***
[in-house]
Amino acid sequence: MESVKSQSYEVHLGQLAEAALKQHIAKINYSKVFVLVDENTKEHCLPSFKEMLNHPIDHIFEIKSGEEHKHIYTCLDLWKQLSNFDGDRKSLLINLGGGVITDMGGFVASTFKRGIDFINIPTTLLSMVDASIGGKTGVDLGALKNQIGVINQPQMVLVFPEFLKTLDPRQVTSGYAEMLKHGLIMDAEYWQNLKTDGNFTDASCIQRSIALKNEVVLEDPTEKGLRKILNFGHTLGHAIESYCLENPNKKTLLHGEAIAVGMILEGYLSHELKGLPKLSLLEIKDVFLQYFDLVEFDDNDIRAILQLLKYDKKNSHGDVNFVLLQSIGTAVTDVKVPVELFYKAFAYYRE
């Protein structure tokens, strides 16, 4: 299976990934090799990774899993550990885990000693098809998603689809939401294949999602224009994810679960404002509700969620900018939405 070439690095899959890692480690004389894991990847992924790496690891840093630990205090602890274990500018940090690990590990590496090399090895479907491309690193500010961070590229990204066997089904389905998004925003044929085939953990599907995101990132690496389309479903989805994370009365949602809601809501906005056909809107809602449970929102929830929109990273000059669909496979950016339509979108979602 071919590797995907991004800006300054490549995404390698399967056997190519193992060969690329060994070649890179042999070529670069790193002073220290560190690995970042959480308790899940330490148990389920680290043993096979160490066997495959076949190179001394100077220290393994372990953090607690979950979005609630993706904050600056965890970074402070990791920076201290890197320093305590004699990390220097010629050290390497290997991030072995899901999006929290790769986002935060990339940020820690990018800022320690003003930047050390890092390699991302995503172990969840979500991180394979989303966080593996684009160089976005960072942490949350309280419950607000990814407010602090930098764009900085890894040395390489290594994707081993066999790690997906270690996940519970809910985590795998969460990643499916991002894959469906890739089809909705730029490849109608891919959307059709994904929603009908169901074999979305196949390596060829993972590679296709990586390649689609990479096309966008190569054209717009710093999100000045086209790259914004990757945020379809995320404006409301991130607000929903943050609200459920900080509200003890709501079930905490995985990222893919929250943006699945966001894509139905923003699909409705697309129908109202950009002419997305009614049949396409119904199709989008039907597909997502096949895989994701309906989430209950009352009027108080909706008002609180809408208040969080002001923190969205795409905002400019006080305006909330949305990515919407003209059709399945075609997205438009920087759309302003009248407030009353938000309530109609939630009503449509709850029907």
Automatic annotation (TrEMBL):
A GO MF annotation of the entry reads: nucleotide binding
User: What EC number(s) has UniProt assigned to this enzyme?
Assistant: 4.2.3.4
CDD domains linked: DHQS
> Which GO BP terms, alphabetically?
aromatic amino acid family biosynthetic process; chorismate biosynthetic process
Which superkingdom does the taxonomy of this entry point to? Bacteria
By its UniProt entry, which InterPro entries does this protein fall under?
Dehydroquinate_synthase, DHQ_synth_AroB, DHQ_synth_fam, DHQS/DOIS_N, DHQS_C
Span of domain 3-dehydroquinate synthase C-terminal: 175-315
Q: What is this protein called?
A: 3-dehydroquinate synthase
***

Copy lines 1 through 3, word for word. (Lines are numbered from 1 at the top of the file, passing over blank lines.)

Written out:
[in-house]
Amino acid sequence: MESVKSQSYEVHLGQLAEAALKQHIAKINYSKVFVLVDENTKEHCLPSFKEMLNHPIDHIFEIKSGEEHKHIYTCLDLWKQLSNFDGDRKSLLINLGGGVITDMGGFVASTFKRGIDFINIPTTLLSMVDASIGGKTGVDLGALKNQIGVINQPQMVLVFPEFLKTLDPRQVTSGYAEMLKHGLIMDAEYWQNLKTDGNFTDASCIQRSIALKNEVVLEDPTEKGLRKILNFGHTLGHAIESYCLENPNKKTLLHGEAIAVGMILEGYLSHELKGLPKLSLLEIKDVFLQYFDLVEFDDNDIRAILQLLKYDKKNSHGDVNFVLLQSIGTAVTDVKVPVELFYKAFAYYRE
């Protein structure tokens, strides 16, 4: 299976990934090799990774899993550990885990000693098809998603689809939401294949999602224009994810679960404002509700969620900018939405 070439690095899959890692480690004389894991990847992924790496690891840093630990205090602890274990500018940090690990590990590496090399090895479907491309690193500010961070590229990204066997089904389905998004925003044929085939953990599907995101990132690496389309479903989805994370009365949602809601809501906005056909809107809602449970929102929830929109990273000059669909496979950016339509979108979602 071919590797995907991004800006300054490549995404390698399967056997190519193992060969690329060994070649890179042999070529670069790193002073220290560190690995970042959480308790899940330490148990389920680290043993096979160490066997495959076949190179001394100077220290393994372990953090607690979950979005609630993706904050600056965890970074402070990791920076201290890197320093305590004699990390220097010629050290390497290997991030072995899901999006929290790769986002935060990339940020820690990018800022320690003003930047050390890092390699991302995503172990969840979500991180394979989303966080593996684009160089976005960072942490949350309280419950607000990814407010602090930098764009900085890894040395390489290594994707081993066999790690997906270690996940519970809910985590795998969460990643499916991002894959469906890739089809909705730029490849109608891919959307059709994904929603009908169901074999979305196949390596060829993972590679296709990586390649689609990479096309966008190569054209717009710093999100000045086209790259914004990757945020379809995320404006409301991130607000929903943050609200459920900080509200003890709501079930905490995985990222893919929250943006699945966001894509139905923003699909409705697309129908109202950009002419997305009614049949396409119904199709989008039907597909997502096949895989994701309906989430209950009352009027108080909706008002609180809408208040969080002001923190969205795409905002400019006080305006909330949305990515919407003209059709399945075609997205438009920087759309302003009248407030009353938000309530109609939630009503449509709850029907």